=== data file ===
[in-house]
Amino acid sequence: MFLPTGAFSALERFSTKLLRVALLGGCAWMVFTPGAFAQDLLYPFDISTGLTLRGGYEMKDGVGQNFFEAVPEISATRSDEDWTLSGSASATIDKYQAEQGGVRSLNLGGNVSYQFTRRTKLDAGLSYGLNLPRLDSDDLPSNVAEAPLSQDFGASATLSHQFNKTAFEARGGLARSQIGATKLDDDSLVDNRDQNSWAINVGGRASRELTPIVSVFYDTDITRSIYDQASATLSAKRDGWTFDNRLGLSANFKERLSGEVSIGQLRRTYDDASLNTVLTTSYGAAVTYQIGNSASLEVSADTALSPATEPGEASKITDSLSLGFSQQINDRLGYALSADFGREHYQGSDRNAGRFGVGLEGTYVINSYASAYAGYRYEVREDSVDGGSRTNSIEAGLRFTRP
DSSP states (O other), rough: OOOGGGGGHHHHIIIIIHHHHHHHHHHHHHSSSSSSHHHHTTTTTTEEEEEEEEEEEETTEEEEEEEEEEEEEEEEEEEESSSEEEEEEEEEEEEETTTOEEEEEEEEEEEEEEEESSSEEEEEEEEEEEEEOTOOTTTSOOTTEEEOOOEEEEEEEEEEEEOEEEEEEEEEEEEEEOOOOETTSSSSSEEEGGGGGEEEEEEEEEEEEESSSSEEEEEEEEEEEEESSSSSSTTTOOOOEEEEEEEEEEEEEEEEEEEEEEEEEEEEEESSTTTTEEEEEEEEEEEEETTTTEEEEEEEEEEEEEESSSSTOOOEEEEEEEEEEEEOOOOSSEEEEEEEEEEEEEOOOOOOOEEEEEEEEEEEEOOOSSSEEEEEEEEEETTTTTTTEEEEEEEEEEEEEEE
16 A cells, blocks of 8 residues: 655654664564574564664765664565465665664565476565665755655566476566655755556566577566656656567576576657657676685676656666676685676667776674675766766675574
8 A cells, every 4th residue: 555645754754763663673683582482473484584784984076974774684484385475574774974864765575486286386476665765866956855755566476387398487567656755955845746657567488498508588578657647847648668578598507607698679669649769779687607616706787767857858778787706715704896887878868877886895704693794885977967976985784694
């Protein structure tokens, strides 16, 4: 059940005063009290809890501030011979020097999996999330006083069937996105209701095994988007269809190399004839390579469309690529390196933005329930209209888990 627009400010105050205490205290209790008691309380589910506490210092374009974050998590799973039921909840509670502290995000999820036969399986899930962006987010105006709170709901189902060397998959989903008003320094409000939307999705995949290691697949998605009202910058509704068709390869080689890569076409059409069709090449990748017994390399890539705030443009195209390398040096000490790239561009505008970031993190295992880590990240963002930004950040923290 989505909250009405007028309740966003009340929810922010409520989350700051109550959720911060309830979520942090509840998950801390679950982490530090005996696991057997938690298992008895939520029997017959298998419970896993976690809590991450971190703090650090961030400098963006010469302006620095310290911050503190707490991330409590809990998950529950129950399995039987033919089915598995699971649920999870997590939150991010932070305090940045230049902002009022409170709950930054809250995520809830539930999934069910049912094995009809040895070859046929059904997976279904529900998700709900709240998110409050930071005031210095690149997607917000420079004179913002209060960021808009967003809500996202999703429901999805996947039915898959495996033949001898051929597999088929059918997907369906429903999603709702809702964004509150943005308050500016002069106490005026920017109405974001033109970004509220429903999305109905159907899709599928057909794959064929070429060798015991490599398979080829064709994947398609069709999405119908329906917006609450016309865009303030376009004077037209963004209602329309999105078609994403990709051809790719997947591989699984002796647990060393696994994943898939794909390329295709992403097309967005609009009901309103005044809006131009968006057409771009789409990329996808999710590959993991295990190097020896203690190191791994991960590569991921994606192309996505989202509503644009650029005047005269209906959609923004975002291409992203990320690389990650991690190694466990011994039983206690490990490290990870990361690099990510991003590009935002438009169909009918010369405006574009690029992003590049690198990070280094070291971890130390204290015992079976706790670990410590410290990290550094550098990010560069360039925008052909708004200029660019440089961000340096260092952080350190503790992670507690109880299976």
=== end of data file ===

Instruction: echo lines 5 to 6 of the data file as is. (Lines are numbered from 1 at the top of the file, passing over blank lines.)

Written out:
8 A cells, every 4th residue: 555645754754763663673683582482473484584784984076974774684484385475574774974864765575486286386476665765866956855755566476387398487567656755955845746657567488498508588578657647847648668578598507607698679669649769779687607616706787767857858778787706715704896887878868877886895704693794885977967976985784694
């Protein structure tokens, strides 16, 4: 059940005063009290809890501030011979020097999996999330006083069937996105209701095994988007269809190399004839390579469309690529390196933005329930209209888990 627009400010105050205490205290209790008691309380589910506490210092374009974050998590799973039921909840509670502290995000999820036969399986899930962006987010105006709170709901189902060397998959989903008003320094409000939307999705995949290691697949998605009202910058509704068709390869080689890569076409059409069709090449990748017994390399890539705030443009195209390398040096000490790239561009505008970031993190295992880590990240963002930004950040923290 989505909250009405007028309740966003009340929810922010409520989350700051109550959720911060309830979520942090509840998950801390679950982490530090005996696991057997938690298992008895939520029997017959298998419970896993976690809590991450971190703090650090961030400098963006010469302006620095310290911050503190707490991330409590809990998950529950129950399995039987033919089915598995699971649920999870997590939150991010932070305090940045230049902002009022409170709950930054809250995520809830539930999934069910049912094995009809040895070859046929059904997976279904529900998700709900709240998110409050930071005031210095690149997607917000420079004179913002209060960021808009967003809500996202999703429901999805996947039915898959495996033949001898051929597999088929059918997907369906429903999603709702809702964004509150943005308050500016002069106490005026920017109405974001033109970004509220429903999305109905159907899709599928057909794959064929070429060798015991490599398979080829064709994947398609069709999405119908329906917006609450016309865009303030376009004077037209963004209602329309999105078609994403990709051809790719997947591989699984002796647990060393696994994943898939794909390329295709992403097309967005609009009901309103005044809006131009968006057409771009789409990329996808999710590959993991295990190097020896203690190191791994991960590569991921994606192309996505989202509503644009650029005047005269209906959609923004975002291409992203990320690389990650991690190694466990011994039983206690490990490290990870990361690099990510991003590009935002438009169909009918010369405006574009690029992003590049690198990070280094070291971890130390204290015992079976706790670990410590410290990290550094550098990010560069360039925008052909708004200029660019440089961000340096260092952080350190503790992670507690109880299976």